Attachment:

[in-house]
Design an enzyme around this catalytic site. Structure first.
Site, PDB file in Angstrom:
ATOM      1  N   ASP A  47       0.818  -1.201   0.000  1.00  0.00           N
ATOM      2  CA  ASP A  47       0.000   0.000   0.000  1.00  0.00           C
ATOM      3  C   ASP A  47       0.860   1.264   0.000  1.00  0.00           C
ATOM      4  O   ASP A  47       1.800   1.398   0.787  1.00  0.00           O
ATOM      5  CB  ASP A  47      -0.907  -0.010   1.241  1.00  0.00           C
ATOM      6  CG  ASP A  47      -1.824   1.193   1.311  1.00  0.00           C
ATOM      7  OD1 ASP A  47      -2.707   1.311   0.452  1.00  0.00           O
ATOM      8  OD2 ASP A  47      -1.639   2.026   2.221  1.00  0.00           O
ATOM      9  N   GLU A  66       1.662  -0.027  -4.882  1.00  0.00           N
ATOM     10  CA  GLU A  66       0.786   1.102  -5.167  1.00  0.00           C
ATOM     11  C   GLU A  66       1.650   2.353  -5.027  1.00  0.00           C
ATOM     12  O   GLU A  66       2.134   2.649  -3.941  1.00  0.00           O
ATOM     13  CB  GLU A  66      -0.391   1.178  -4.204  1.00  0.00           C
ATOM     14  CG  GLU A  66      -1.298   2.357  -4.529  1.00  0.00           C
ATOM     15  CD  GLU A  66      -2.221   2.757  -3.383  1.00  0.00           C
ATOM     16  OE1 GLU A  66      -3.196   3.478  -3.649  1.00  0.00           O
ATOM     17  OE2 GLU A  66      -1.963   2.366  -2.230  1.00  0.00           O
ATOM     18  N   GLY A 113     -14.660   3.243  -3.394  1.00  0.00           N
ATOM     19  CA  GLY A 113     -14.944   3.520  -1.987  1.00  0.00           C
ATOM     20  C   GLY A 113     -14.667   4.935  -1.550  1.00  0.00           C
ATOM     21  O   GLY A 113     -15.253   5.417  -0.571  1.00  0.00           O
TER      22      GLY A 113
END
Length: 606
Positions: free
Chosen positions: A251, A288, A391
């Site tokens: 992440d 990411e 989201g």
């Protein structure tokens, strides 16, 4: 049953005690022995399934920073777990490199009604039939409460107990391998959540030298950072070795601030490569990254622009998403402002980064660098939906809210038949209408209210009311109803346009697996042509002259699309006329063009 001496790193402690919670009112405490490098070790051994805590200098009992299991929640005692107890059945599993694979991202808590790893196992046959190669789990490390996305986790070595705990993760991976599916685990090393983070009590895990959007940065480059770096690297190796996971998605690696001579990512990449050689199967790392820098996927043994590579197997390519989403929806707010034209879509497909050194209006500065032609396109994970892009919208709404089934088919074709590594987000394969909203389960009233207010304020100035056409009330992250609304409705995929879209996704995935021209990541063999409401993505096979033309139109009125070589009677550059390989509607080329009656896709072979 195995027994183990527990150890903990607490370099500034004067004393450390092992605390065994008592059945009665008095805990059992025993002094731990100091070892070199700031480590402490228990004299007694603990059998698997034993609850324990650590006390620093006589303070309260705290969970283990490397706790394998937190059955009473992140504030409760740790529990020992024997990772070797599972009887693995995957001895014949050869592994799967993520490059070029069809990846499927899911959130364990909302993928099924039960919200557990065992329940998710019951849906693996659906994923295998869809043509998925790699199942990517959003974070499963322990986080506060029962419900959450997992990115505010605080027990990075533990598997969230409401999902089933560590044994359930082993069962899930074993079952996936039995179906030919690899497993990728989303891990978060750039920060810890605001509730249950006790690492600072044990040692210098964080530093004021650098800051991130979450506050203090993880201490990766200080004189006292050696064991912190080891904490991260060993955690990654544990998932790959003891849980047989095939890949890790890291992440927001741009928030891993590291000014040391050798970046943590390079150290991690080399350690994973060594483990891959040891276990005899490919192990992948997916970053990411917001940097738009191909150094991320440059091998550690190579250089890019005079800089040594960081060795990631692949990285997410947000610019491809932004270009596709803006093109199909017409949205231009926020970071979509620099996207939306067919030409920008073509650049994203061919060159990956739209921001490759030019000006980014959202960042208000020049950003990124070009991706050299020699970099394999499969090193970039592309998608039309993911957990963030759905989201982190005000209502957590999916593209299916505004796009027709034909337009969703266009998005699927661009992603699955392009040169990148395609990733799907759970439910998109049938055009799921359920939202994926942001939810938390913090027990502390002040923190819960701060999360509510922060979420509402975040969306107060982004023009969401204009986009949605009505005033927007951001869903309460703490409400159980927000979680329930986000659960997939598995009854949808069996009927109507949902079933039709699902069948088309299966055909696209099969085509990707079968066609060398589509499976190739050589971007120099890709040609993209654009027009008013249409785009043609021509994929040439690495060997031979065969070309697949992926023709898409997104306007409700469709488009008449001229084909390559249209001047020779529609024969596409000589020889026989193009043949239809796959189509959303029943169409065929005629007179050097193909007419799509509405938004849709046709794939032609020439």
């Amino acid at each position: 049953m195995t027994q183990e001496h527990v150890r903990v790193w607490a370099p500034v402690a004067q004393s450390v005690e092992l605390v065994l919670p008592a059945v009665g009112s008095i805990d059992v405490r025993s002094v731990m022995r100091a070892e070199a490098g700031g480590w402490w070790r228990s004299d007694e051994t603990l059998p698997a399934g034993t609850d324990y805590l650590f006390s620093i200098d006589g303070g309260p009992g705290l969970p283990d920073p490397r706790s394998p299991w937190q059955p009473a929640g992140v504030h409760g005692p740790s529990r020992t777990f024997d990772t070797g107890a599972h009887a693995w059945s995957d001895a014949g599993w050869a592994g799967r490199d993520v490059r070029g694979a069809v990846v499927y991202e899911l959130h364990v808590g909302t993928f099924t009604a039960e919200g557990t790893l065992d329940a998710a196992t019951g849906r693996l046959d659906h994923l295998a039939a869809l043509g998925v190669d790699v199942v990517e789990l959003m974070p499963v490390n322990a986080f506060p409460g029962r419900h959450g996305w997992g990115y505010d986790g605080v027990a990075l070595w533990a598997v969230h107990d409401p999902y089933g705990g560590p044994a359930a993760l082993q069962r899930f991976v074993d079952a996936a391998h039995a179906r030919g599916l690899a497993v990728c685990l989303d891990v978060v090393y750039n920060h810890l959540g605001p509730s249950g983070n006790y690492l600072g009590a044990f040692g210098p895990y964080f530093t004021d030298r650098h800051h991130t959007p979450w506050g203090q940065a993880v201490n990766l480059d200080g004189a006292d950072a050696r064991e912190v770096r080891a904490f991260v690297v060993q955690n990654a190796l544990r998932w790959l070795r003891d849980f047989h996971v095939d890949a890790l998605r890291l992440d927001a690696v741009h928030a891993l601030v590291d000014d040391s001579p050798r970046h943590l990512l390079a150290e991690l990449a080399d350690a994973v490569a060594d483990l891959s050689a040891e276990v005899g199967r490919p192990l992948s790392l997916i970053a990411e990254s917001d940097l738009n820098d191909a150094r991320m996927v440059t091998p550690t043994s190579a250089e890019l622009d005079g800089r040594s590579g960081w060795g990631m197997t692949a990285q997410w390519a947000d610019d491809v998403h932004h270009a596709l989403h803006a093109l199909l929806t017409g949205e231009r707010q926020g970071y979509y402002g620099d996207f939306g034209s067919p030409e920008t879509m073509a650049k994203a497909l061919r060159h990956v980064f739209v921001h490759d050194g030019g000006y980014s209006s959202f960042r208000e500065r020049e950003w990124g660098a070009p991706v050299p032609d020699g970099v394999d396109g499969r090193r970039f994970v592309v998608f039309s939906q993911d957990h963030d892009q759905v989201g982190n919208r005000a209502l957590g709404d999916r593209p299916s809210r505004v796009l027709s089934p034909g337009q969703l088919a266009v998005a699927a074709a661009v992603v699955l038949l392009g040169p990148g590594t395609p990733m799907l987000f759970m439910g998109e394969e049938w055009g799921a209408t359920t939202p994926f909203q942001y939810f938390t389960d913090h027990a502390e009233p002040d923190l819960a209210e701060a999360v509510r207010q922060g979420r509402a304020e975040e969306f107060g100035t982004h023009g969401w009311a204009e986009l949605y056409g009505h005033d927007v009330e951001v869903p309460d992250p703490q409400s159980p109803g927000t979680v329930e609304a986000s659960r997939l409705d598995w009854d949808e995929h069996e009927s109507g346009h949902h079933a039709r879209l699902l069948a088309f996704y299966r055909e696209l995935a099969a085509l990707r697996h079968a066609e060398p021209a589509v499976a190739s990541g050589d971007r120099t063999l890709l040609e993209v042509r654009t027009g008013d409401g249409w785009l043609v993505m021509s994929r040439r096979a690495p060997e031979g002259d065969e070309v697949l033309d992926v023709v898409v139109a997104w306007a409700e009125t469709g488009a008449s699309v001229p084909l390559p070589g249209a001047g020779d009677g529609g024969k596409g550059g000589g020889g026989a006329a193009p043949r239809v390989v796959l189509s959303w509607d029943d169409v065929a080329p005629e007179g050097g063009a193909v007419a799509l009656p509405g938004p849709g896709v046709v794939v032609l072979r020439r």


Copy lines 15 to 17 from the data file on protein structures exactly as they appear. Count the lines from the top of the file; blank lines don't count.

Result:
ATOM     12  O   GLU A  66       2.134   2.649  -3.941  1.00  0.00           O
ATOM     13  CB  GLU A  66      -0.391   1.178  -4.204  1.00  0.00           C
ATOM     14  CG  GLU A  66      -1.298   2.357  -4.529  1.00  0.00           C